“Somebody went shopping!” I gasped upon learning that three of my potted plants had been stolen while our apartment was being tented. To protect them from the toxic chemicals, I placed them in the outdoor courtyard, completely convinced they would be fine. Nowhere in any corner of my mind did I think someone would steal a potted plant. They didn’t take all my plants, but the botanical thieves took a particular three. One of which was my precious baby Aloe Vera.
I fell asleep last night wondering about the green babies I had cultivated. I can only hope whoever stole them loves plants and will care for them properly. I am startled by how upset I am about the loss. I guess my maternal instincts extend all the way into my gardening. Yes, losing the pots is a fiscal nuisance, but losing the plants is a slightly emotional experience.
The aloe specifically is a great fit for my apartment living. It is a fruitful succulent, very generous with its green, always cleaning the air, never asking for water and producing skin healing ingredients. As you can see, losing my succulent is a blow to my indoor garden.
To alleviate some of my grief, last night I declared to husband, “I’m going to start growing succulents!” So, the loss of my aloe runs deep, but it has also ignited a new gardening mission. The kidnapping has unveiled its special qualities, qualities I intend to honor by embracing the power of more succulents.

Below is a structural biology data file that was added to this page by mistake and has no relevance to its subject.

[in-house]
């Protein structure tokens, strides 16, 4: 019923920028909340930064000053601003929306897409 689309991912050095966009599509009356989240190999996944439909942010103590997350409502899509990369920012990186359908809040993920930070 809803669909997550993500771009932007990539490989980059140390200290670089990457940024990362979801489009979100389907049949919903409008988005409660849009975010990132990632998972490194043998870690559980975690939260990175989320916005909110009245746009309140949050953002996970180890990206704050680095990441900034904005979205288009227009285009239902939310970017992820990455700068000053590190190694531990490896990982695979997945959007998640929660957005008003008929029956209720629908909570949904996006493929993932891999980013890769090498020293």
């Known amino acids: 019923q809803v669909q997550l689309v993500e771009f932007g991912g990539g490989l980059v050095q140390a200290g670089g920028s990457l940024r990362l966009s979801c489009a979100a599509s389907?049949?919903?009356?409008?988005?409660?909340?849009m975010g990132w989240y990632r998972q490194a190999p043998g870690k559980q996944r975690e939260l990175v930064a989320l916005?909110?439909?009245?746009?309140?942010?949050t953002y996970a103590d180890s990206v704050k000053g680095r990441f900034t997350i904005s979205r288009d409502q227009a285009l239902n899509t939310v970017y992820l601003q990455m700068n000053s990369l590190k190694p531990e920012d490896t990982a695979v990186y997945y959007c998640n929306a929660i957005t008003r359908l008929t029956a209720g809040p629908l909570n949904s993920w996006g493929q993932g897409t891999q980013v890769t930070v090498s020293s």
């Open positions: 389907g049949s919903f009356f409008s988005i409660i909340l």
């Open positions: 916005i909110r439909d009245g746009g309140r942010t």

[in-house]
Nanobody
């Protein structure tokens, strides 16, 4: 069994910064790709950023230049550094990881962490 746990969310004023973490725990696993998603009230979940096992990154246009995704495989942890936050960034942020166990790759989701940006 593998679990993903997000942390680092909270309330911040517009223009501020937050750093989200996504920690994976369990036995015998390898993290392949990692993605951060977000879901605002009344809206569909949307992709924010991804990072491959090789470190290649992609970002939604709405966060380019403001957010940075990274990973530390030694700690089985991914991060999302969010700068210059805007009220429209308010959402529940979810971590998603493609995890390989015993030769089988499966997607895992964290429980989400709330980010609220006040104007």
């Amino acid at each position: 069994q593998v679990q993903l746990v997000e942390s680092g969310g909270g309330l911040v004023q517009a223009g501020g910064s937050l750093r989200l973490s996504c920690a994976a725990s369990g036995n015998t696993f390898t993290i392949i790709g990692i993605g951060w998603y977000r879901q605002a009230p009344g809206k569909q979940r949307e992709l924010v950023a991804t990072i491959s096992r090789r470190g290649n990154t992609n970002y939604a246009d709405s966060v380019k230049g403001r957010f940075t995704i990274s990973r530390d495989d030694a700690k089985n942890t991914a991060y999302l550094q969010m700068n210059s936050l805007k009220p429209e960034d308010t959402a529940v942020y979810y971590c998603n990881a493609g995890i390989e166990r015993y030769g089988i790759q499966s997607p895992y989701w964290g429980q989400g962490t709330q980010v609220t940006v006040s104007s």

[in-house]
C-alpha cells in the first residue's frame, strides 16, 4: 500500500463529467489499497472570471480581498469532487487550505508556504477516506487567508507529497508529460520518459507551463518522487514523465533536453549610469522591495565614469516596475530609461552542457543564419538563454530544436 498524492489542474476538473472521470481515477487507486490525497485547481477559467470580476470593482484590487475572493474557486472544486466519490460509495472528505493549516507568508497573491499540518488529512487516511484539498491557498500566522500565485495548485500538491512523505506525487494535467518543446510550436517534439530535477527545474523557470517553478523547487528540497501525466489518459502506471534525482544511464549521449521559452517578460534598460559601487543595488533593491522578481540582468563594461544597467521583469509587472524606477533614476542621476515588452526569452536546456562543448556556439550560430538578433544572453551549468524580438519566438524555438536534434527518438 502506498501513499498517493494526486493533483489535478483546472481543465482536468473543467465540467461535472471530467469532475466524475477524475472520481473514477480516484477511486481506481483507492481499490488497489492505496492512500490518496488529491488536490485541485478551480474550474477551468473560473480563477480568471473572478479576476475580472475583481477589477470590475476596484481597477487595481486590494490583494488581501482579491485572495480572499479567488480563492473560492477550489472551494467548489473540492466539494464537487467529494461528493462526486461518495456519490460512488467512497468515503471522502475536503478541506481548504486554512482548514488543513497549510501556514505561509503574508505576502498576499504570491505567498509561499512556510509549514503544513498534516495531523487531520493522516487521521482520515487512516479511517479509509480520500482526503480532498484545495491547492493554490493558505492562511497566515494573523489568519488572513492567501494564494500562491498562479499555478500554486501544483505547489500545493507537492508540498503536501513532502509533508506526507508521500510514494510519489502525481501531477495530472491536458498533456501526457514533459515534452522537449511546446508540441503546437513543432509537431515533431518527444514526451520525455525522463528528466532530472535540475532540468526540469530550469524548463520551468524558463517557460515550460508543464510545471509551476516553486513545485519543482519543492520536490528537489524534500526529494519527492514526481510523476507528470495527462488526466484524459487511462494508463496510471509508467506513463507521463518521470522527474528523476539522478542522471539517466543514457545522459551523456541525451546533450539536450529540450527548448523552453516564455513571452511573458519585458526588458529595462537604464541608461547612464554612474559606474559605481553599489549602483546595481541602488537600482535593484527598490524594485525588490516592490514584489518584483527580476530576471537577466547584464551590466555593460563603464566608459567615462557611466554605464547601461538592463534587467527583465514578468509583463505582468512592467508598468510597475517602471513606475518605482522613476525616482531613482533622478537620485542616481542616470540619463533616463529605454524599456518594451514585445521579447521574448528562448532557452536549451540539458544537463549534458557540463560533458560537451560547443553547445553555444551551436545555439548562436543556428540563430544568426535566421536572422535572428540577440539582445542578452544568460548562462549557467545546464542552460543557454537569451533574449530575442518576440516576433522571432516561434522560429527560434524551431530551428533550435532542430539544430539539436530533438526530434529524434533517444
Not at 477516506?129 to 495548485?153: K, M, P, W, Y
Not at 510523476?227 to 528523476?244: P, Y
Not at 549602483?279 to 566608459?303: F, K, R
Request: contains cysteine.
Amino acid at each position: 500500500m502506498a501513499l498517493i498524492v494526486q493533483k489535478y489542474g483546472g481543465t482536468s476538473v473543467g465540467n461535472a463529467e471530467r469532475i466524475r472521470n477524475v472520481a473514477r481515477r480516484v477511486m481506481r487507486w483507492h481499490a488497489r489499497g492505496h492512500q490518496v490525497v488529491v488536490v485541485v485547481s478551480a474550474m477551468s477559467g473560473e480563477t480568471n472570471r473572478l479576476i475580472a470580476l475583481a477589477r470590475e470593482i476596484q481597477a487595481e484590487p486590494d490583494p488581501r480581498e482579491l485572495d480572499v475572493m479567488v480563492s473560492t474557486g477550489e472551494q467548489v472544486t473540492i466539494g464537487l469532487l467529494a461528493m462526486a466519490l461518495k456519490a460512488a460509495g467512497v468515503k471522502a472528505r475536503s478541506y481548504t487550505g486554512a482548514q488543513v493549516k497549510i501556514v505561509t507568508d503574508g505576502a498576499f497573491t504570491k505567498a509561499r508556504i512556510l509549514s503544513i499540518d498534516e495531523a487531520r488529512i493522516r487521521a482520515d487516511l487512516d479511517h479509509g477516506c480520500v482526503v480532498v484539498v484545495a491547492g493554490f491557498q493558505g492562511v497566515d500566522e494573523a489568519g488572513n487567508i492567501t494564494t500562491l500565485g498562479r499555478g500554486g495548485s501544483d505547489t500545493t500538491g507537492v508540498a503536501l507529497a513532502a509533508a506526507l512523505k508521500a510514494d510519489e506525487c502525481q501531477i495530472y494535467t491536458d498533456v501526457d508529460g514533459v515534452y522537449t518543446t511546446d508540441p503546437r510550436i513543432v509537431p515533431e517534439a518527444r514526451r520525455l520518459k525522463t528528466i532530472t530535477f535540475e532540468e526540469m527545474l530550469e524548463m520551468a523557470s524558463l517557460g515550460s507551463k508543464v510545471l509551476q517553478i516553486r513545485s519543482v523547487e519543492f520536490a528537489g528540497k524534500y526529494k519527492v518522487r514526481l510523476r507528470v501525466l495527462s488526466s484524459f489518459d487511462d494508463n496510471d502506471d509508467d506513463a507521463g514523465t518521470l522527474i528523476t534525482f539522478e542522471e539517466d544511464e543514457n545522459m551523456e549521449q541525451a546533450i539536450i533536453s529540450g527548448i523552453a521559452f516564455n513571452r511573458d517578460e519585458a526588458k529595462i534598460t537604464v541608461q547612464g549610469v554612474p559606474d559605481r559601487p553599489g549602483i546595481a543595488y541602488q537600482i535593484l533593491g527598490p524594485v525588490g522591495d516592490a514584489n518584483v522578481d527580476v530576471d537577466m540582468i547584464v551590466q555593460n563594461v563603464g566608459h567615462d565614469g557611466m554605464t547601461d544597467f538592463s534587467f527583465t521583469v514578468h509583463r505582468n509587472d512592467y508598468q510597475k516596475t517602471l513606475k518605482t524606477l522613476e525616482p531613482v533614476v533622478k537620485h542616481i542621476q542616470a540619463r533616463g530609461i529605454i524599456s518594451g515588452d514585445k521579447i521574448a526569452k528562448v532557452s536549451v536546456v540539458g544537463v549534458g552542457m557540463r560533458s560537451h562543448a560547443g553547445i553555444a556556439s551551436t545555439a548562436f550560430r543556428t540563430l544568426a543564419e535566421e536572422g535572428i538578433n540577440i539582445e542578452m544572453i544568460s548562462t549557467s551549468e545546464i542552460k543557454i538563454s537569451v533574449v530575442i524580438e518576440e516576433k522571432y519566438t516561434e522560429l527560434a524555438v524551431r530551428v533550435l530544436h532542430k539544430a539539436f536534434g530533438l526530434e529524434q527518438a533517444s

There’s a common joke that succulents are perfect for the laxy gardener, but they are also perfect for designers. Succulents are the royalty of indoor gardens. Because they are so easy to please they can be maneuvered and styled in creative ways, bringing color and Mother Earth to stuffy rooms. They tend to require less soil, less water, and they clean air very efficiently. As I begin to brainstorm my new succulent project, I have found some innovative design inspirations. Here’s a few looks I may implement that will hopefully inspire you too.
15 Ways to Style Your Succulents
I’m so pleased to announce that three of my poems, “Slots,” “Scraping” and “Make a Decision” have been published in Barking Sycamores Literary Magazine Issue 13. Barking Sycamores is dedicated to neurodivergent literature and its craft. I’m so honored to be a part of this project. Barking Sycamores Issue 13
A stereotype as defined by Merriam-Webster is “an often unfair and untrue belief that many people have about all people or things with a particular characteristic.” Colloquially, the term, stereotype, “is used to categorize a group of people. People don’t understand that type of person, so they put them into classifications, thinking that everyone who […]
Susan J. Fowler, a former employee of Uber, published a post on her blog revealing numerous counts of sexual harassment and discrimination she experienced while working for the company. Her post is straightforward and pretty bias-free; her tone is calm, but frank. While some of her experiences at the company might appall readers, her author’s […]